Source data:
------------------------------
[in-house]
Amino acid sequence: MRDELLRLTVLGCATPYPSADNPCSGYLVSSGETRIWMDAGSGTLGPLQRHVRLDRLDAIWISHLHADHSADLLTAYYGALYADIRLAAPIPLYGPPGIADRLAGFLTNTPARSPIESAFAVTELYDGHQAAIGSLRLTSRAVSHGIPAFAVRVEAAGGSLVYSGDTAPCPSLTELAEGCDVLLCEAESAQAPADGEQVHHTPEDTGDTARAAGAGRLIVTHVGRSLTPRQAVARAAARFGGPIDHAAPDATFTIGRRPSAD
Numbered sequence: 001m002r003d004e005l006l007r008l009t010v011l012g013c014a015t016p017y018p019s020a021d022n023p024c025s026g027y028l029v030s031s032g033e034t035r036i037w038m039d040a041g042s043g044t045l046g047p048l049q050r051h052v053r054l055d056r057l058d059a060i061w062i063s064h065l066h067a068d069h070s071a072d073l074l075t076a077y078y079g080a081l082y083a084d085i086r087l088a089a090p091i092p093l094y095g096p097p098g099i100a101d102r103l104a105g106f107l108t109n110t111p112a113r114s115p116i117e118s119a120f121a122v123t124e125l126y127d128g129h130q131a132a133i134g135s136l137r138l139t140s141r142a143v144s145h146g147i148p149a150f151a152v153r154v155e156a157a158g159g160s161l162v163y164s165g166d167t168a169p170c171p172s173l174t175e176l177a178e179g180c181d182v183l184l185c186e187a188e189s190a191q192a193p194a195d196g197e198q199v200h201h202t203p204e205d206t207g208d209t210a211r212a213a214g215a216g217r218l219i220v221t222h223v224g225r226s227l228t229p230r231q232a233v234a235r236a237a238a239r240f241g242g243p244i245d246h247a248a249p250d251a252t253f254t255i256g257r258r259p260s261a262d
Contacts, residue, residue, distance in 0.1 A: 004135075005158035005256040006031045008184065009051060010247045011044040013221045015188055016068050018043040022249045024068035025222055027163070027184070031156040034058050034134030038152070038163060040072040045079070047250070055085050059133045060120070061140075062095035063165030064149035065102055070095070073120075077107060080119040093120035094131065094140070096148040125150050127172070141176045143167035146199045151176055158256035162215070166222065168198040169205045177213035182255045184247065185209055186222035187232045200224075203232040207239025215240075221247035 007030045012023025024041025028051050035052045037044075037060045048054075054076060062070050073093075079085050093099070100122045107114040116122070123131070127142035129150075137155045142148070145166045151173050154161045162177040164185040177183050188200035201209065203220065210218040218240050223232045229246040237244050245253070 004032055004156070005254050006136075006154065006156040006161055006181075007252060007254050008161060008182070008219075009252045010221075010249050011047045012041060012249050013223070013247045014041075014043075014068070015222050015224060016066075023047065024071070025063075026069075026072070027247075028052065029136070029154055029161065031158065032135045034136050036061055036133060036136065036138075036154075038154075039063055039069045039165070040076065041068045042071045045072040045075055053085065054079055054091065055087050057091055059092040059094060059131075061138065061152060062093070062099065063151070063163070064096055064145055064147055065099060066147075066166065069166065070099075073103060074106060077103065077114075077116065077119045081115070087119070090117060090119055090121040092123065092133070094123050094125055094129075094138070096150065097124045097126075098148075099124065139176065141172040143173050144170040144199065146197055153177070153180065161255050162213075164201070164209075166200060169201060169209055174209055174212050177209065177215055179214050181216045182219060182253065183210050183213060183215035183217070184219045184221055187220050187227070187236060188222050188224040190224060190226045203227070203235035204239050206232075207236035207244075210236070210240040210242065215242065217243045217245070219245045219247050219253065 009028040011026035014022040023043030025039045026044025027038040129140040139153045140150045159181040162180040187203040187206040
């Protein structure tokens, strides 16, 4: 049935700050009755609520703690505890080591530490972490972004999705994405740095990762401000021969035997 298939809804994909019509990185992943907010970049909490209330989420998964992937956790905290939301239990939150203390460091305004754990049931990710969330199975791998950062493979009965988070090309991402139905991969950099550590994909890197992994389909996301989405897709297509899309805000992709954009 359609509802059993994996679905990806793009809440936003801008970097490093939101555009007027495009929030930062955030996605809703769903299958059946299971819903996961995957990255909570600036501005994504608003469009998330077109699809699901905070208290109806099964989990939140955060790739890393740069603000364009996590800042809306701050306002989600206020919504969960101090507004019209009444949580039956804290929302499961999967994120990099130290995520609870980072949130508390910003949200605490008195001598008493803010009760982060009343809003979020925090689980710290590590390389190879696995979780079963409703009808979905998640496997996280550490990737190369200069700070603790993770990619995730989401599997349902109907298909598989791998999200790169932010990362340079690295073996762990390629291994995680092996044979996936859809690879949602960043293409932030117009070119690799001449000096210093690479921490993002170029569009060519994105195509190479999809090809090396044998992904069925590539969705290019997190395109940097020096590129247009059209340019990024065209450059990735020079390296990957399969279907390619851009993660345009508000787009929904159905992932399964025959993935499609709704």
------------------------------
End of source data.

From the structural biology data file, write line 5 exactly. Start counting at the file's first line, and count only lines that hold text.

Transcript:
């Protein structure tokens, strides 16, 4: 049935700050009755609520703690505890080591530490972490972004999705994405740095990762401000021969035997 298939809804994909019509990185992943907010970049909490209330989420998964992937956790905290939301239990939150203390460091305004754990049931990710969330199975791998950062493979009965988070090309991402139905991969950099550590994909890197992994389909996301989405897709297509899309805000992709954009 359609509802059993994996679905990806793009809440936003801008970097490093939101555009007027495009929030930062955030996605809703769903299958059946299971819903996961995957990255909570600036501005994504608003469009998330077109699809699901905070208290109806099964989990939140955060790739890393740069603000364009996590800042809306701050306002989600206020919504969960101090507004019209009444949580039956804290929302499961999967994120990099130290995520609870980072949130508390910003949200605490008195001598008493803010009760982060009343809003979020925090689980710290590590390389190879696995979780079963409703009808979905998640496997996280550490990737190369200069700070603790993770990619995730989401599997349902109907298909598989791998999200790169932010990362340079690295073996762990390629291994995680092996044979996936859809690879949602960043293409932030117009070119690799001449000096210093690479921490993002170029569009060519994105195509190479999809090809090396044998992904069925590539969705290019997190395109940097020096590129247009059209340019990024065209450059990735020079390296990957399969279907390619851009993660345009508000787009929904159905992932399964025959993935499609709704």